|Publication number||US6356835 B2|
|Application number||US 09/262,738|
|Publication date||Mar 12, 2002|
|Filing date||Mar 5, 1999|
|Priority date||Mar 6, 1998|
|Also published as||DE69931539D1, DE69931539T2, EP0940795A2, EP0940795A3, EP0940795B1, US20010039474|
|Publication number||09262738, 262738, US 6356835 B2, US 6356835B2, US-B2-6356835, US6356835 B2, US6356835B2|
|Inventors||Katsuyoshi Hayashi, Kenichiro Yano, Makoto Hijikata|
|Original Assignee||Pioneer Electronic Corporation|
|Export Citation||BiBTeX, EndNote, RefMan|
|Patent Citations (13), Referenced by (37), Classifications (12), Legal Events (4)|
|External Links: USPTO, USPTO Assignment, Espacenet|
1. Field of the Invention
This invention relates to a navigation apparatus which displays a travel route of a moving object such as a vehicle and famous buildings or place names around the route together with map thereby to assist the movement of the moving object. More specifically, this invention relates to a bird's-eye-view display of the map information in such a navigation apparatus.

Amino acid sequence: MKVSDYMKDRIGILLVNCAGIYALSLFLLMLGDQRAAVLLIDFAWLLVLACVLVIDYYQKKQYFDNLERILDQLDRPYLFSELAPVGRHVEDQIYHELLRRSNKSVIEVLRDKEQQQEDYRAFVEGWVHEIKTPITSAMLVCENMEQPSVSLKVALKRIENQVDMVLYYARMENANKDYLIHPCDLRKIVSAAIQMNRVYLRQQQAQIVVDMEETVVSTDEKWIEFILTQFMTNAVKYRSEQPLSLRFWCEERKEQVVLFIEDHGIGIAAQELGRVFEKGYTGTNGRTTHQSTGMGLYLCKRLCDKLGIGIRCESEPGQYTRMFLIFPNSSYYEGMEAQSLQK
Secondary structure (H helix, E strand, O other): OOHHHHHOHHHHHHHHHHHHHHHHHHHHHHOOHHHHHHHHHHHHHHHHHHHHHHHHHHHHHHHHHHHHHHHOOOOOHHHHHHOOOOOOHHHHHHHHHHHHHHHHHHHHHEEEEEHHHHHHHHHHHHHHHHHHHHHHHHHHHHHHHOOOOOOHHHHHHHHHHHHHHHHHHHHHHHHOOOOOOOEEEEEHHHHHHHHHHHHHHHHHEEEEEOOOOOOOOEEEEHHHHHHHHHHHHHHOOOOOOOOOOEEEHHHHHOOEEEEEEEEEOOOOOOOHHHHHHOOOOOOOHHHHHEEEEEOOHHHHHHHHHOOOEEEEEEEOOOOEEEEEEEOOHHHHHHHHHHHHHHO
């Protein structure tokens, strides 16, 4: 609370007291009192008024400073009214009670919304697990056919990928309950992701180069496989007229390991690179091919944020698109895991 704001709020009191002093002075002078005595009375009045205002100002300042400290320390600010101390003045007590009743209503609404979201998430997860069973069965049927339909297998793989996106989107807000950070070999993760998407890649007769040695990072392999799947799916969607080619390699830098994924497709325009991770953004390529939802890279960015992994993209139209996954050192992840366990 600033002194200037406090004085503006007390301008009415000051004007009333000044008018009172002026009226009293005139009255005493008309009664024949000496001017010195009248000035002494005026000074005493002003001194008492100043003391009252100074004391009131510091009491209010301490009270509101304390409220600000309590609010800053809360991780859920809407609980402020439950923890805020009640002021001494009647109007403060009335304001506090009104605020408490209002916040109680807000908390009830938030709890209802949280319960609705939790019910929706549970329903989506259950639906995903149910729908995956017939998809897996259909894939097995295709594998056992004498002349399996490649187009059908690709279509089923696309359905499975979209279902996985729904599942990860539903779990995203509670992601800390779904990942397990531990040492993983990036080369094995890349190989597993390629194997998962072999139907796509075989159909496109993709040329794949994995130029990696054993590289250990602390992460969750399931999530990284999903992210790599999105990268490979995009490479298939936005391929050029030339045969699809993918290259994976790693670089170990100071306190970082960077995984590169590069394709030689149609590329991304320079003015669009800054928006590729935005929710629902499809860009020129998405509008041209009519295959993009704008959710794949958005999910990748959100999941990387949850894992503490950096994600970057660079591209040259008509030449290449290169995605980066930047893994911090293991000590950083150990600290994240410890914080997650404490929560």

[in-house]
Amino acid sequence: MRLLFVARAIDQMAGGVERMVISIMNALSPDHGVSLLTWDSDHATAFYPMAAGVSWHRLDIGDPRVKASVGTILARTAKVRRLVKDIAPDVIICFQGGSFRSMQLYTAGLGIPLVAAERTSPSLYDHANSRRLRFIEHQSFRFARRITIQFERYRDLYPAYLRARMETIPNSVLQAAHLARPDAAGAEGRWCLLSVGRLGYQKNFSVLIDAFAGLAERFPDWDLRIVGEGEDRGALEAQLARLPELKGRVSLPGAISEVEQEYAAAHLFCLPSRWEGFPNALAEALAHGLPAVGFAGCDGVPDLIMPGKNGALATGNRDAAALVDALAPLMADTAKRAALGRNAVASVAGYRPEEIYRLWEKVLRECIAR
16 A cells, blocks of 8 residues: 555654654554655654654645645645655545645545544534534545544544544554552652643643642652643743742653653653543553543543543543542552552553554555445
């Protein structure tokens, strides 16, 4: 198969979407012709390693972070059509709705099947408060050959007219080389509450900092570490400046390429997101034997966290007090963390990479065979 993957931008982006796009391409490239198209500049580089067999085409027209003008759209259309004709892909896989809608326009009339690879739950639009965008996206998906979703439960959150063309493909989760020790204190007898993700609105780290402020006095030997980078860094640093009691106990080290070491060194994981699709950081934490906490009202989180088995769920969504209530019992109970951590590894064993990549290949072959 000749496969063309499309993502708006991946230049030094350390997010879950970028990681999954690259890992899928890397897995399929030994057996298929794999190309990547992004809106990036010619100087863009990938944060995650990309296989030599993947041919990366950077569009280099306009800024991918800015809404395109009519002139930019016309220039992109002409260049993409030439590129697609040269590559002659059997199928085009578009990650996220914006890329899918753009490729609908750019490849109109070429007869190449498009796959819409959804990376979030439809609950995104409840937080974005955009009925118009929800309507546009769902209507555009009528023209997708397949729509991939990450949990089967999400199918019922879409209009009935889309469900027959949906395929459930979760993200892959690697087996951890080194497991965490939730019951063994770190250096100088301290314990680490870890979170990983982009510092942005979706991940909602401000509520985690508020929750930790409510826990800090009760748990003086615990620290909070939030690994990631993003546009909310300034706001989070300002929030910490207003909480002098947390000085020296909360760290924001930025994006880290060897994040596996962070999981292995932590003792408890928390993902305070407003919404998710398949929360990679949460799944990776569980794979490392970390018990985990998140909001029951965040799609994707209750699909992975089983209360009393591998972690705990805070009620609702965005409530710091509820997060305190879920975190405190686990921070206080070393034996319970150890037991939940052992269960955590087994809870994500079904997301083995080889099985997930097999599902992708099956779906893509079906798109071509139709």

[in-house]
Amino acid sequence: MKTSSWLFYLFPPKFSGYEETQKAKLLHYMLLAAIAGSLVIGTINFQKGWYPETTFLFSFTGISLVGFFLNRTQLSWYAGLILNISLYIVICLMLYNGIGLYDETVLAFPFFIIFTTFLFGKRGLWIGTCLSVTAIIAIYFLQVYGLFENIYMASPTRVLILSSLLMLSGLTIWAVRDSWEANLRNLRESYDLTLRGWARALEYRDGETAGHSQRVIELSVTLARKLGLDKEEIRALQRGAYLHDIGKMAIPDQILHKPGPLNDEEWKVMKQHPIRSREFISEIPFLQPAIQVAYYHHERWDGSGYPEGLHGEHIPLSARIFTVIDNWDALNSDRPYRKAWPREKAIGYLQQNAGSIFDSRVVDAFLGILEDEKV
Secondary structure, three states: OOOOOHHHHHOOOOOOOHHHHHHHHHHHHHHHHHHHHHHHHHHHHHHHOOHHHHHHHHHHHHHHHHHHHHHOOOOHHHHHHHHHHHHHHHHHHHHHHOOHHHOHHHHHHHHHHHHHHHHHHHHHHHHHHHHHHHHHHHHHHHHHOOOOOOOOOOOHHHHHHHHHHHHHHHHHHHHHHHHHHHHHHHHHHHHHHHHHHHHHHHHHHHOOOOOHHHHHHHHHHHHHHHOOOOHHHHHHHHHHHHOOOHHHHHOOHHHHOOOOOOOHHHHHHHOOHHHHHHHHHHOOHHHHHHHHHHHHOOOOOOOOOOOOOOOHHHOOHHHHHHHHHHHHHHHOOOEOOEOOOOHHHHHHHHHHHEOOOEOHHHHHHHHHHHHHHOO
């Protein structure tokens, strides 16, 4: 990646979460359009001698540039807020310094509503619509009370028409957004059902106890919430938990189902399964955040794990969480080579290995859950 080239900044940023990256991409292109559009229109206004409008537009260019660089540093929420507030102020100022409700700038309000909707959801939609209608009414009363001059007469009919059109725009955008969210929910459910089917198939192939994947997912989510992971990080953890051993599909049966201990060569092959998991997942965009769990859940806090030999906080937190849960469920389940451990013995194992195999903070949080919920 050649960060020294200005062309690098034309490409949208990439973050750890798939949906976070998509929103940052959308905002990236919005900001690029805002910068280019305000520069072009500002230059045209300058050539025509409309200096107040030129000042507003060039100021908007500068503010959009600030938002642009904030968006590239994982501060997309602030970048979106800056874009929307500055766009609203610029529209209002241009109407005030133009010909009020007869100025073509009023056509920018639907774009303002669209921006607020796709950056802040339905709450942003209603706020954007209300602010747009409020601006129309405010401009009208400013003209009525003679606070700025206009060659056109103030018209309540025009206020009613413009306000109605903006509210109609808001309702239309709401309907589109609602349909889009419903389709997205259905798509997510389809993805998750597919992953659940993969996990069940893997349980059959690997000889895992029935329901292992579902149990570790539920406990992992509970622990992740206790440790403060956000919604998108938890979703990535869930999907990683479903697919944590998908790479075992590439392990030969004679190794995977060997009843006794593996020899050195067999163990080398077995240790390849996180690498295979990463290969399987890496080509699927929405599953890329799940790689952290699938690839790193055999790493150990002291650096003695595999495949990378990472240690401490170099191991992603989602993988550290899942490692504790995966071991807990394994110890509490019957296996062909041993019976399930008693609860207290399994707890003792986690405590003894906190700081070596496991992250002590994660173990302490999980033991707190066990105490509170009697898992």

2. Description of the Prior Art
Recently, there is known a navigation apparatus as a position measurement apparatus for a moving object such as a vehicle, an airplane and a vessel. The navigation apparatus generally displays a position mark of the moving object with a map around the vehicle position so as to guide the driver to the destination. The navigation apparatuses installed in a vehicle are roughly classified into two types: a stand-alone type navigation apparatus and a GPS (Global Positioning System) navigation apparatus. A stand-alone type navigation apparatus derives the travel direction data and the travel distance data of the vehicle by means of a speed sensor and an angular velocity sensor installed in the vehicle, successively adds those data to a reference position to calculate the current position of the vehicle, and then displays the map with the position mark of the vehicle on a display device based on the current position thus calculated. On the other hand, a GPS navigation apparatus receives measurement radio waves from a plurality of GPS satellites launched into space via a GPS receiver, calculates the current position of the vehicle from the received data using a three- or two-dimensional measurement method, and then displays the current position mark and map on a display device.